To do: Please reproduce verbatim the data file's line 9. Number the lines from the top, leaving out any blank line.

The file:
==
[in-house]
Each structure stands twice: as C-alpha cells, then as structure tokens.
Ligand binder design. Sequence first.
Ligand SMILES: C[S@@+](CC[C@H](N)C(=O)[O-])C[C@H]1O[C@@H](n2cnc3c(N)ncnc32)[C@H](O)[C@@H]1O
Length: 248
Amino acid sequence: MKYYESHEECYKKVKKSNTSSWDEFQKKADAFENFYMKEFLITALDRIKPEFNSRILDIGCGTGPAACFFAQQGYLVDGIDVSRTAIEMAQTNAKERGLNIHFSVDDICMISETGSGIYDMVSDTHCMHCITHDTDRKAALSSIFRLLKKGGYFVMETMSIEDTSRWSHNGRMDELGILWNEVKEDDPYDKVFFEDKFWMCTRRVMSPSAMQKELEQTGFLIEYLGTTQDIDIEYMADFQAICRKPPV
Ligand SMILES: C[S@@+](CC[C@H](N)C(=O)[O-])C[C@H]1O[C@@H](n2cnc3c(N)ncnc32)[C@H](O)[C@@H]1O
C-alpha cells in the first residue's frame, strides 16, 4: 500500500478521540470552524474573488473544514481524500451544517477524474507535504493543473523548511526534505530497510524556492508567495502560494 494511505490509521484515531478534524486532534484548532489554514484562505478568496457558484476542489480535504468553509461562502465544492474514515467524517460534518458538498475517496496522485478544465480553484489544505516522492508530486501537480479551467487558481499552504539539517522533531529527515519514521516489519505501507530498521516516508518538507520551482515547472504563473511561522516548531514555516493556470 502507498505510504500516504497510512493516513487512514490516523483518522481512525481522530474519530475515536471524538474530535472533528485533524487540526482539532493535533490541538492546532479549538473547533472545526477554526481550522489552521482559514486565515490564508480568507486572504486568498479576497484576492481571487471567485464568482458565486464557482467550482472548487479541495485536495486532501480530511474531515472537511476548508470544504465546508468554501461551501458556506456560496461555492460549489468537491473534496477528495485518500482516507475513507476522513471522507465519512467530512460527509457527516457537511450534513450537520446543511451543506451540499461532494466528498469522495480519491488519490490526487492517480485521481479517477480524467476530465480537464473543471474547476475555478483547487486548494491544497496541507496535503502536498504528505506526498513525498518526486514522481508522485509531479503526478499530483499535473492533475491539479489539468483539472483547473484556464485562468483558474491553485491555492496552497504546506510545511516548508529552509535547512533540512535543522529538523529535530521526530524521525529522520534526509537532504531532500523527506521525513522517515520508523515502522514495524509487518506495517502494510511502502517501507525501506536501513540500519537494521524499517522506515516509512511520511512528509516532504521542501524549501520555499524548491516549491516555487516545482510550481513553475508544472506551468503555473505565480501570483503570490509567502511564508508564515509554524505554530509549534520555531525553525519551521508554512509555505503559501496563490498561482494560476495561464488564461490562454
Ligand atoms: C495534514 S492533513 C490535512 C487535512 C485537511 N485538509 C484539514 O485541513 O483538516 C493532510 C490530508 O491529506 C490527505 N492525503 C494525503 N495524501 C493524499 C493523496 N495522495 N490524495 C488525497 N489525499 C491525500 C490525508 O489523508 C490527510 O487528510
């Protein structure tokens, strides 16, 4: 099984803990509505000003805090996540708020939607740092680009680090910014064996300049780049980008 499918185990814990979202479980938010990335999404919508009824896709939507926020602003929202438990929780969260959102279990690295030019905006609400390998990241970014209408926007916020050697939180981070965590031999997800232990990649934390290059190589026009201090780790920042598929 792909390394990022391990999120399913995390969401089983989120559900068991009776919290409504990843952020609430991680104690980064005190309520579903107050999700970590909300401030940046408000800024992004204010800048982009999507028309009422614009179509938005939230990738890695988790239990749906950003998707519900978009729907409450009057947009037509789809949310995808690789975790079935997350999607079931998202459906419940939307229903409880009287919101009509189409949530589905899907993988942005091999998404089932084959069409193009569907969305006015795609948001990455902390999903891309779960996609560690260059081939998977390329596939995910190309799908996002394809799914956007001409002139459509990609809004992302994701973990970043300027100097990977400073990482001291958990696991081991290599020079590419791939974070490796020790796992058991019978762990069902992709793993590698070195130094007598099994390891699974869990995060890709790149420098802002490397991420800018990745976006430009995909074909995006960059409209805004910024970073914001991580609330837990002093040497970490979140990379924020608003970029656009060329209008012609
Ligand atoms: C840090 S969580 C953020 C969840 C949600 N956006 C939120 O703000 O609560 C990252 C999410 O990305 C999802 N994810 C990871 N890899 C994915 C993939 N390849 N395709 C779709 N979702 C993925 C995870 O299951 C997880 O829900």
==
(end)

Ligand atoms: C495534514 S492533513 C490535512 C487535512 C485537511 N485538509 C484539514 O485541513 O483538516 C493532510 C490530508 O491529506 C490527505 N492525503 C494525503 N495524501 C493524499 C493523496 N495522495 N490524495 C488525497 N489525499 C491525500 C490525508 O489523508 C490527510 O487528510